“A woman came to a preacher I know—it’s so funny,” Robertson continued. “She was awful looking. Her hair was all torn up, she was overweight, and looked terrible…” Robertson’s punchline?  “And the preacher looked at her and he said, ‘Madam, if I were married to you, I’d start to drink too.’”

The week may not be complete without hate speech from Bryan Fischer (American Family Association). This one concerns ENDA, a proposed bill that would provide federal LGBT employment protections.

“Once [ENDA] goes into effect, which says that no business can discriminate against anybody no matter how bizarre their sexual perversity is, their sexual deviancy is, no matter how abnormal their sexual orientation is, you cannot take that into account in personnel decisions… [If the law goes into effect] the homosexual lobby will send a flaming homosexual into that Christian bookstore to apply for a job. They’ll send a guy in there wearing stilettos, a dress, and dangly earrings and dare the owner of that Christian bookstore not to hire him.”

As with other laws, religious organizations would not be required to hire LGBT people even if they weren’t wearing stilettos.

Tony Perkins (Family Research Council) is competing with Fischer for paranoid winner of the week. To Perkins the military is suppressing religion by testing a new Mind Fitness Training Program to keep soldiers mentally fit and reduce depression:

“What a coincidence–so does faith! Unfortunately, the military seems intent on driving religion out and replacing it with wacky substitutes. They’ve added atheist chaplains, Wiccan worship centers, and now, meditation classes. But none of them are as effective or as constructive as a personal relationship with God. Unfortunately, though, it’s mind over what matters–and that’s faith.”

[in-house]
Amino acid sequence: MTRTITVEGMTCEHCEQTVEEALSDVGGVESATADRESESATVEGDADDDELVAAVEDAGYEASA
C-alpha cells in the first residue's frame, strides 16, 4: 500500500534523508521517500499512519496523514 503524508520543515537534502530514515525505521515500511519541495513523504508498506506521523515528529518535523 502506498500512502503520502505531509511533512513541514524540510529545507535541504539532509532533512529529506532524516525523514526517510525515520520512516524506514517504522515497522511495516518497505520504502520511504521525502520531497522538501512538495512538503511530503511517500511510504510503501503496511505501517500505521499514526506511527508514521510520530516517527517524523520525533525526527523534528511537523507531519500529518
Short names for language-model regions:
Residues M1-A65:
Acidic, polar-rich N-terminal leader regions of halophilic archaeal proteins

The pilot program combines yoga, breathing exercises, and meditation with other training. In 2012, the U.S. military averaged one suicide every single day; service members are more likely to commit suicide than be killed on the battlefield. The force-feeding of evangelical beliefs at military academies doesn’t seem to have helped.

Sometimes the good guys win: Jason Selvig and Davram Stiefler, two Brooklyn-based comedians and social commentators, can keep their parody website,, despite a lawsuit from the Atlanta-based fast-food chain to close it down. A classic video on the website shows the two creators going into one of the restaurants with a coupon for a free chicken sandwich if they renounce their homosexuality: “Trade your Homosexuality for a FREE Original Chicken Sandwich!”  The site appeared after the corporation’s president, Dan Cathy, openly came out against marriage equality and donated $2 million to anti-gay groups. Selvig and Stiefler not only won against the corporation but also got a free chicken sandwich when they used their “coupon” in San Francisco.


Perhaps you too can get a free Chick-fil-A chicken sandwich!